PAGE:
By the introduction of Kernel Patch Protection aka PatchGuard (with Windows XP x64 service pack 3), antivirus and EDR products officially are not longer allowed (except Patch Guard bypassing) to use kernel space hooking like SSDT hooking. Because of that, most products have to use user space Dll injection to realize user space API-hooking instead. But despite that banishment from Windows kernel space, the products can use the mechanism of kernel callback routines, register different typ of callbacks to realize different typ of prevention and detection tasks. This are some callback routines which most products are using:
- Used by EDRs to collect telemetry about newly created processes and prevent/detect in combination with user space API-hooking the execution of malicous code
- Furthermore this routine is used to realize user space Dll injection itself, which realizes the ability for user space API-hooking by injecting a separate hooking.dll into every process in user space.
- Used by EDRs for observe Dll mapping and to prevent/detect attempts in case of mapping a malicous image into the address memory of an user space process
- Used by EDRs to prevent/detect attempts of malicious process injections from one process to another one
In our case, we have a closer look a the ProcessNotify routine which is responsible to initialize user space Dll injection/API-hooking. By combining user space API-hooking and getting informed in case of a new process is created, I like to say, that by that, the EDR has a realtively high process- or endpoint visibility.
To patch or remove a registered callback from an EDR product, we can again use the concept of a vulnerable driver to get access to kernel space. The kernel space is definitely a very sensitiv area, but in many different test cases in my lab with different products, I was not able to observe any kernel crashes or BSODs. In case of you have achieved access to kernel space, you can use a tool like CheekyBlinder from @brsn76945860 to identify which callback routines are registered by the EDR. In the next step, because we want permanently get rid of user space Dll injection/API-hooking we can patch or remove the registered ProcessNotify callback from the EDR. Patching the ProcessNotify routine has the consequence, that the EDR do not longer inject his own hooking.dll into the address memory into processes in user space. Thereby the EDR could not longer use user space API-hooking to analyze executed code in context of the originally hooked native APIs. For this a simply experiment can be done. In the first step, start a windows command shell (cmd.exe) and use process explorer do have a look at the loaded Dlls in the address memory of the cmd.exe process. If the EDR is using user space API-hooking you will find a separate Dll from the EDR product which is responsible for API-hooking. In the second step, get access to kernel space, patch the ProcessNotify routine, start another cmd.exe and check it again with process explorer. Compared to the first windows command shell, you will see, that in the second one the hooking.dll from the EDR is not longer injected.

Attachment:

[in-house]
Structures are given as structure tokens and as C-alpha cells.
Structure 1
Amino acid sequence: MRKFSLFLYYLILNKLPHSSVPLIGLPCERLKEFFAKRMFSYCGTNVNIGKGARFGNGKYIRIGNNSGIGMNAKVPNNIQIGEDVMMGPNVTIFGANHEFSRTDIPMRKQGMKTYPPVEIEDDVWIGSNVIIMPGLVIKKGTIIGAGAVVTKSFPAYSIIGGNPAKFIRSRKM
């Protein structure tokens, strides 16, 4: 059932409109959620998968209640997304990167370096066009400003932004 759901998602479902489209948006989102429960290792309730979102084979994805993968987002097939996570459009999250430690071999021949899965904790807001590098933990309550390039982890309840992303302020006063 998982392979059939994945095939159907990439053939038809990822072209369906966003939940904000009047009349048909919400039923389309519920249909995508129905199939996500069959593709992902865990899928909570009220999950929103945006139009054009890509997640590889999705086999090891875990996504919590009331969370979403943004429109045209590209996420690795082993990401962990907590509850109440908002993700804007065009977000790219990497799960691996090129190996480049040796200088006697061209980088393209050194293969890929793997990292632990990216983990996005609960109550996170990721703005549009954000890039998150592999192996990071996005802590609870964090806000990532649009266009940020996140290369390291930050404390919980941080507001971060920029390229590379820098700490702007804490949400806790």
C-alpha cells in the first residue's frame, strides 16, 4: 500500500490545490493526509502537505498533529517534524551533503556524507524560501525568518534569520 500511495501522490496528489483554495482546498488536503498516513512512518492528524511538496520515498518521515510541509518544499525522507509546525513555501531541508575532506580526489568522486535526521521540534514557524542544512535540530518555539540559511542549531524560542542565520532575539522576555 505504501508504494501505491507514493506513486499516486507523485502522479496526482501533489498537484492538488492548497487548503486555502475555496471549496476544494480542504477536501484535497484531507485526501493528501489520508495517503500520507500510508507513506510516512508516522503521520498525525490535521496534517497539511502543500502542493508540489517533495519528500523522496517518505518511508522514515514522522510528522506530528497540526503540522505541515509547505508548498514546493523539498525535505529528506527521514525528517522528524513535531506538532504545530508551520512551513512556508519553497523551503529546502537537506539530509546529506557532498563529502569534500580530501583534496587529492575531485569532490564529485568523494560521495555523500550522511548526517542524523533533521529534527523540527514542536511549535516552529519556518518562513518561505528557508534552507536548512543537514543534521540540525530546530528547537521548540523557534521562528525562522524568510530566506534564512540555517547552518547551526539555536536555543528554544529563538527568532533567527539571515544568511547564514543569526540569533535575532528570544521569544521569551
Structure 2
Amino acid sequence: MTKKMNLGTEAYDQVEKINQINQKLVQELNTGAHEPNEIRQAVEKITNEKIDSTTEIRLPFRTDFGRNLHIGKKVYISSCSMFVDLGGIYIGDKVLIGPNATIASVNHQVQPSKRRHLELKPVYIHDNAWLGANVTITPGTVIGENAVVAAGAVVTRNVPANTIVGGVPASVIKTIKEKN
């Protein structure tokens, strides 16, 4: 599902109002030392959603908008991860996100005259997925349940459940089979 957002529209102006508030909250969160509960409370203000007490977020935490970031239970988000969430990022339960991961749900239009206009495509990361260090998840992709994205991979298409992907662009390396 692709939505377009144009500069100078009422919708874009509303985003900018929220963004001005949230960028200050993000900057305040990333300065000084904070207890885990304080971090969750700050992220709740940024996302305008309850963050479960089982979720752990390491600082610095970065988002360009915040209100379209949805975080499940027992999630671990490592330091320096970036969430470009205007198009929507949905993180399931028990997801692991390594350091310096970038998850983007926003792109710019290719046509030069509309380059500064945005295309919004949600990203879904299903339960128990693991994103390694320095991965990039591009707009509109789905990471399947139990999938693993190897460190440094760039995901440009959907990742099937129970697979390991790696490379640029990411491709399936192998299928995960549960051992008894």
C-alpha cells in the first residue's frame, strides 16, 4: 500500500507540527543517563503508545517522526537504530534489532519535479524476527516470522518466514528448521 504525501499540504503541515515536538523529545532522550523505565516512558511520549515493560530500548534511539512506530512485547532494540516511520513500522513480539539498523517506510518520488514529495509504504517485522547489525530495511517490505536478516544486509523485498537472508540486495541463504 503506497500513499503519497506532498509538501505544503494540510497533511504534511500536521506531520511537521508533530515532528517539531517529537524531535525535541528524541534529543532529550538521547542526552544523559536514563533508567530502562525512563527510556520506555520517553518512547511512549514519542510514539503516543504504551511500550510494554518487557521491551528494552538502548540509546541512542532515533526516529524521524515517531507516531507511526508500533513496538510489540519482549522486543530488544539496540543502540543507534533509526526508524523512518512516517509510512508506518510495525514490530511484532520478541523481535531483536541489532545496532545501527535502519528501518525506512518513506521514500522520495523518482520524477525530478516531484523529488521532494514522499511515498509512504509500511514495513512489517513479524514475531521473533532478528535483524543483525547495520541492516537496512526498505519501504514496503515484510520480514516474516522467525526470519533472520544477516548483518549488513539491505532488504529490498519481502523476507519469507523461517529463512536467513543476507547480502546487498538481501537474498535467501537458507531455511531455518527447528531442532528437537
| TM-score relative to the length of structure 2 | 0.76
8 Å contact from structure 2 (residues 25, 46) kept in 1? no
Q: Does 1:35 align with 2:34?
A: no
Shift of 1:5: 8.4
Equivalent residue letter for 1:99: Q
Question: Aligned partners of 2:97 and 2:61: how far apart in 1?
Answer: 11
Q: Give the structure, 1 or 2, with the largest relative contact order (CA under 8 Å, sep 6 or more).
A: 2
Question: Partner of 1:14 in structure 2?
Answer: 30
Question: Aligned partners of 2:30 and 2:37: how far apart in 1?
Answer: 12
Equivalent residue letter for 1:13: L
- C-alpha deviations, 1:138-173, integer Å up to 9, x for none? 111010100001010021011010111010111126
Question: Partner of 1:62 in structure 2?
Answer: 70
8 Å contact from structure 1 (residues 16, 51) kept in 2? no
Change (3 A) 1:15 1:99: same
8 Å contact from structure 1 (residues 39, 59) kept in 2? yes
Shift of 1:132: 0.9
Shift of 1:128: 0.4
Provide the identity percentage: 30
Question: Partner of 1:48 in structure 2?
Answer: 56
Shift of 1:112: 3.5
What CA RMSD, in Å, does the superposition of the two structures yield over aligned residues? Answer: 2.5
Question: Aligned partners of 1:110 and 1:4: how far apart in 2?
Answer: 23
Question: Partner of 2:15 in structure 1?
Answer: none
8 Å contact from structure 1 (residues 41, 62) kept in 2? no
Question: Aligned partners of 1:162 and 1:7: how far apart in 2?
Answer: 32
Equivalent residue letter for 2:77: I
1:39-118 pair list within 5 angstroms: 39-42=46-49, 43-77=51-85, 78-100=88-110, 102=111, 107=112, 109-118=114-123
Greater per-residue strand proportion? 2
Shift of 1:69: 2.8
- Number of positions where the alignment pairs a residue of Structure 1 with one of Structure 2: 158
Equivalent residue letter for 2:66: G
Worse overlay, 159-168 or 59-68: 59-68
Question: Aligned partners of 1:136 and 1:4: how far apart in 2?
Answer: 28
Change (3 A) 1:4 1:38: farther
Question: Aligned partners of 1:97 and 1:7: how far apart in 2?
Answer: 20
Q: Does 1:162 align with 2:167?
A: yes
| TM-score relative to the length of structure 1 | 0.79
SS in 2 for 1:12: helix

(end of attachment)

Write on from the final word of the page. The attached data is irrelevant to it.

Patching the ProcessNotify routine brings also the consequence, that the EDR is not longer able to collect telemetry when a new process is created. Thereby the threat hunter could get in big trouble, because from the point of patching the callback, telemetry based threat hunting is not longer possible or at least not plausible.
Very important in our case, EDRs can use kernel callback routines to protect their own registry keys in user space against tampering attempts. Remeber, one of our goals in the user space section was, to identify which component do protect the EDR reg keys against tampering. Depending on the product they use for example the callback CmRegisterCallback, but I also could observe, that some products do use the ProcessNotify routine to protect their registry keys.
By having again a closer look at the registry key from the EDR user space service (remember user space section), the picture below shows us, that system account should be allowed to make changes to the reg keys because of having full control. But because of the protection trought the registered callback, even the system account is not allowed to make changes to the entries of the reg key.
At this point I would say, we check our hypothesis of registered callback routines and reg key protection and try to tamper the registry key from the EDR user space component to permanently disable the user space component (which exist of the protected service and the PPL process). As already mentioned, we need access to kernel space. Therefor we can use the POC CheekyBlinder from @brsn76945860 and do the following steps:
- List the registered ProcessNotify callbacks
- Patch/remove them, open the registry as privileged user
- Search for the registry key of the EDR user space component